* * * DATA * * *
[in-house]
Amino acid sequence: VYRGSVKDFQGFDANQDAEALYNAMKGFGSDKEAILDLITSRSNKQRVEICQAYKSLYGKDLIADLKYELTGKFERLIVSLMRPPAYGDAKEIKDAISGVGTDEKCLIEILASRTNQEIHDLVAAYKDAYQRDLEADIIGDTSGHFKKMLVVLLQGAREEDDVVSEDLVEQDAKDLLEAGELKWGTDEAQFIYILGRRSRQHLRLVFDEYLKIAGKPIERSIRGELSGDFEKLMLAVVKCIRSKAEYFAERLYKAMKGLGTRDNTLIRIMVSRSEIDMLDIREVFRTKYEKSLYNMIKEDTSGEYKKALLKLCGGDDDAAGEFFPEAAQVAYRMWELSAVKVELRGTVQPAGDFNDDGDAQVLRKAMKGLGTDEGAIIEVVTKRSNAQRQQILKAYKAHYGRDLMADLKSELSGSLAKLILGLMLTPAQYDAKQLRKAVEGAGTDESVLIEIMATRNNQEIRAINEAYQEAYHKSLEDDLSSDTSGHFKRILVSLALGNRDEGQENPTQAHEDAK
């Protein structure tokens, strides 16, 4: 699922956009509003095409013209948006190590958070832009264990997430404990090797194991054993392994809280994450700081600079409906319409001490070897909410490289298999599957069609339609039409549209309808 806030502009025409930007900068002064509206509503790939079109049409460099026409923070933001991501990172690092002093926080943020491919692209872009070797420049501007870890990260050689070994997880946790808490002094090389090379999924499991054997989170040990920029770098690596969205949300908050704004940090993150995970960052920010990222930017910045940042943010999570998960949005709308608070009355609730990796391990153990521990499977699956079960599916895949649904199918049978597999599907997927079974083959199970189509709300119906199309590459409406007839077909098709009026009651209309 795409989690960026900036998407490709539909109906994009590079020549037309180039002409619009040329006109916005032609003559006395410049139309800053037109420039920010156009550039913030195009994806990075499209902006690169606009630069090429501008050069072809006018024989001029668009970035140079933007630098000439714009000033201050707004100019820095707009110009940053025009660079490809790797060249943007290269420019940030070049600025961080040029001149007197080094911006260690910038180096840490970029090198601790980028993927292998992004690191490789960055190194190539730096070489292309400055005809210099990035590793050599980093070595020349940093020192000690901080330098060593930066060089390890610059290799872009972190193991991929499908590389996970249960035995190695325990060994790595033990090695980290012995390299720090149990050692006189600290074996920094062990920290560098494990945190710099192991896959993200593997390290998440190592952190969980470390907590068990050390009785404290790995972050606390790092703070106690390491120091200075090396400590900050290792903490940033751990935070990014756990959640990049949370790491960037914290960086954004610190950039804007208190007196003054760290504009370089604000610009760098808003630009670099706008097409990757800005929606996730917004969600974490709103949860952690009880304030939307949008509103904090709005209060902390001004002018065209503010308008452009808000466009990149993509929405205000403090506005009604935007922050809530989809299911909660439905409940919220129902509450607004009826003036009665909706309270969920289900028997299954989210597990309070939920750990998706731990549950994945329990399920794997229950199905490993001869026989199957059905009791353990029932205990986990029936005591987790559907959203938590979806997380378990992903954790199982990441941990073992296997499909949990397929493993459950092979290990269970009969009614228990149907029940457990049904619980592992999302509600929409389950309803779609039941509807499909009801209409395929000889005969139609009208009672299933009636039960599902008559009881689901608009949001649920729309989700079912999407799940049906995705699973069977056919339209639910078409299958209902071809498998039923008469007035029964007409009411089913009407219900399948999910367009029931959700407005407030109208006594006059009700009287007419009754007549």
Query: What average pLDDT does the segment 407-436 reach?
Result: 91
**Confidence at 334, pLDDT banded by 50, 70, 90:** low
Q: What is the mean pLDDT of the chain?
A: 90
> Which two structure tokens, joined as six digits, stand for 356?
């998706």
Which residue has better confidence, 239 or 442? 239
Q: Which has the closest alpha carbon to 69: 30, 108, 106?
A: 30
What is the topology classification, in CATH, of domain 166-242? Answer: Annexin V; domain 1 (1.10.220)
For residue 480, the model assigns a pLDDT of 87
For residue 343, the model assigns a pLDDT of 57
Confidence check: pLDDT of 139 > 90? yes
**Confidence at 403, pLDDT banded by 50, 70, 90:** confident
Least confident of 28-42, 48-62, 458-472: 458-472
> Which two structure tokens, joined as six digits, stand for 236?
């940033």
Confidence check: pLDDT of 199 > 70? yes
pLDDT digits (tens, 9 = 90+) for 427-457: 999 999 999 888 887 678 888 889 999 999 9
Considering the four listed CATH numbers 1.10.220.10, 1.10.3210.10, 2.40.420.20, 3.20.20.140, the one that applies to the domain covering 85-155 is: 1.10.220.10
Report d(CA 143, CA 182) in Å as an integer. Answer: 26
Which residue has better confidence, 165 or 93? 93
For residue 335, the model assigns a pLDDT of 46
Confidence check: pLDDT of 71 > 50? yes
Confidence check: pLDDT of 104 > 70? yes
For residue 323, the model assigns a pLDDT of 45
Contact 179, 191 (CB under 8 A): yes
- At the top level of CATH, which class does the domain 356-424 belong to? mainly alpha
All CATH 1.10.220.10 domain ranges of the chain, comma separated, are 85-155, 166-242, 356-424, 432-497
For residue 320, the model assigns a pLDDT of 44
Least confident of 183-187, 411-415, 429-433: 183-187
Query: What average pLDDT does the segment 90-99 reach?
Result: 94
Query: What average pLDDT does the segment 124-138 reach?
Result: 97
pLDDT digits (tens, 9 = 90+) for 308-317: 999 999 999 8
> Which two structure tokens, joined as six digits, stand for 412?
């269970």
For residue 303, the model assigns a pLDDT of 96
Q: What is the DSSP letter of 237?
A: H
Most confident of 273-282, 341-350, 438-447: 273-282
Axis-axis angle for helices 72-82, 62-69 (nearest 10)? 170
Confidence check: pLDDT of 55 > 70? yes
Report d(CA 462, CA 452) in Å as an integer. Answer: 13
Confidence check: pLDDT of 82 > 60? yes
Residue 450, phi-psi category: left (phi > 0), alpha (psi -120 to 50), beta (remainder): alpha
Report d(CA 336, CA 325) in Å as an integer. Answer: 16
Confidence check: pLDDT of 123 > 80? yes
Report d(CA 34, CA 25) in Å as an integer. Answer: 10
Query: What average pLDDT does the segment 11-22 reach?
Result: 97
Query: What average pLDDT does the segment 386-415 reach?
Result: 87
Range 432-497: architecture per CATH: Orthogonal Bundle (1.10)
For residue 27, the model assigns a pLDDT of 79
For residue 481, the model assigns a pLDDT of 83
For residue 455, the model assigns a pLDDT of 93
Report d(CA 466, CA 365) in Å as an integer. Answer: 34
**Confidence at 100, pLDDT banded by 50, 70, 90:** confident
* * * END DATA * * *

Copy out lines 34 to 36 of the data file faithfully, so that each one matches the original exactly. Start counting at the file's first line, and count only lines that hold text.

For residue 320, the model assigns a pLDDT of 44
Least confident of 183-187, 411-415, 429-433: 183-187
Query: What average pLDDT does the segment 90-99 reach?